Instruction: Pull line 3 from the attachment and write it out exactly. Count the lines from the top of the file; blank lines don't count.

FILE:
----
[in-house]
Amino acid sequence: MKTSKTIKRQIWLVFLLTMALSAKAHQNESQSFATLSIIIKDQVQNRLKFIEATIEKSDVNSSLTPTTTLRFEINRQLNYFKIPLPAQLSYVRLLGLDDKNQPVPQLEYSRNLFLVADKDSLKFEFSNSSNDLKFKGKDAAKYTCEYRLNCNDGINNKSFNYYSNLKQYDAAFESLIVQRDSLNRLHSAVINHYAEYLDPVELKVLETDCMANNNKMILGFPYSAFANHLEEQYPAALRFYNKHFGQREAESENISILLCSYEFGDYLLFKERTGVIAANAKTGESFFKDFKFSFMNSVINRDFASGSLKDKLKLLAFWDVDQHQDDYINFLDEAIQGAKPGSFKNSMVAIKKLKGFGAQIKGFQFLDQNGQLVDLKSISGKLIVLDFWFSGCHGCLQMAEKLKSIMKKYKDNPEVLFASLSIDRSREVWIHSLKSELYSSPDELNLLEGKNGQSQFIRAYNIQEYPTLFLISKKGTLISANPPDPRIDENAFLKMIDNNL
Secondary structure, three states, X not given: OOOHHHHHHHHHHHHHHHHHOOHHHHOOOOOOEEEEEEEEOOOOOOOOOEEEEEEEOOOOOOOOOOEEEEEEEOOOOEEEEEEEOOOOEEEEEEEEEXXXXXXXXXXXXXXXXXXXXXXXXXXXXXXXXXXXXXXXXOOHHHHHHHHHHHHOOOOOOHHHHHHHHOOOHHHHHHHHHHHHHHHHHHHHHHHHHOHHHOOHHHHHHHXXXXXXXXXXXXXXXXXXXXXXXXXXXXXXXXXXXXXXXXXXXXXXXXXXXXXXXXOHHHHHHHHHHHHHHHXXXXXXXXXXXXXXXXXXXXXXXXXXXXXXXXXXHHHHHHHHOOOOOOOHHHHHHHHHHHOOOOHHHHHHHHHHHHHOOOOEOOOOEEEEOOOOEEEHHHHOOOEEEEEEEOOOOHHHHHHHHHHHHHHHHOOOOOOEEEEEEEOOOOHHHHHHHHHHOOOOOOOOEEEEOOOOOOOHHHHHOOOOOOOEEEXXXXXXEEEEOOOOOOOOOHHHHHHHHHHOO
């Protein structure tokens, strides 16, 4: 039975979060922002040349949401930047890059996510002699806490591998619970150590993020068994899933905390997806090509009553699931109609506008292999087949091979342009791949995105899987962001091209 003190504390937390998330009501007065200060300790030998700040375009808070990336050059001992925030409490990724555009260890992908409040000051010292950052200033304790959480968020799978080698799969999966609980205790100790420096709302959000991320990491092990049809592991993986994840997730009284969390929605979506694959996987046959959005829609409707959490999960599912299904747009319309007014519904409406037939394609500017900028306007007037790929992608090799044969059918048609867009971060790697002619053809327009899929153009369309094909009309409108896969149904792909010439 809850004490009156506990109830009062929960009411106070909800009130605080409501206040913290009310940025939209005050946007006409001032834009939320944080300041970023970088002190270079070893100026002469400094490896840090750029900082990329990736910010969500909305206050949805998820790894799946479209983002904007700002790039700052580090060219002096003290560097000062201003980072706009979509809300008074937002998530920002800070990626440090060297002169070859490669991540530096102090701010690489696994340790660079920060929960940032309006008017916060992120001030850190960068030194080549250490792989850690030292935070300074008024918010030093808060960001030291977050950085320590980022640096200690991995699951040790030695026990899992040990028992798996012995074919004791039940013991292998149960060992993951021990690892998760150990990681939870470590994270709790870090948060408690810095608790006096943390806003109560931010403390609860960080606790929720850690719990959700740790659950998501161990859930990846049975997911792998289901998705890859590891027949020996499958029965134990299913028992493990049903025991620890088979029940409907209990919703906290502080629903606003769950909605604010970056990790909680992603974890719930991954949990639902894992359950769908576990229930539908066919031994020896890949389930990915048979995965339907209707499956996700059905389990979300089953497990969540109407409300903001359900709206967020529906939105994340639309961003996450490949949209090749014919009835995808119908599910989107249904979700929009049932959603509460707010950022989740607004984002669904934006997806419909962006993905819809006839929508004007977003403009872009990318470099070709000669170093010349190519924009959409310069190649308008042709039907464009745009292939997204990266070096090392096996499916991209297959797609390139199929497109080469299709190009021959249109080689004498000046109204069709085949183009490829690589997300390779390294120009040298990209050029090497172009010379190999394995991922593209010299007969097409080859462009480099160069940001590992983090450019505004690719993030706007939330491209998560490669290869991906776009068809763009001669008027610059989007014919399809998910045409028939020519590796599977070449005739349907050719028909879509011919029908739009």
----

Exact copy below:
Secondary structure, three states, X not given: OOOHHHHHHHHHHHHHHHHHOOHHHHOOOOOOEEEEEEEEOOOOOOOOOEEEEEEEOOOOOOOOOOEEEEEEEOOOOEEEEEEEOOOOEEEEEEEEEXXXXXXXXXXXXXXXXXXXXXXXXXXXXXXXXXXXXXXXXOOHHHHHHHHHHHHOOOOOOHHHHHHHHOOOHHHHHHHHHHHHHHHHHHHHHHHHHOHHHOOHHHHHHHXXXXXXXXXXXXXXXXXXXXXXXXXXXXXXXXXXXXXXXXXXXXXXXXXXXXXXXXOHHHHHHHHHHHHHHHXXXXXXXXXXXXXXXXXXXXXXXXXXXXXXXXXXHHHHHHHHOOOOOOOHHHHHHHHHHHOOOOHHHHHHHHHHHHHOOOOEOOOOEEEEOOOOEEEHHHHOOOEEEEEEEOOOOHHHHHHHHHHHHHHHHOOOOOOEEEEEEEOOOOHHHHHHHHHHOOOOOOOOEEEEOOOOOOOHHHHHOOOOOOOEEEXXXXXXEEEEOOOOOOOOOHHHHHHHHHHOO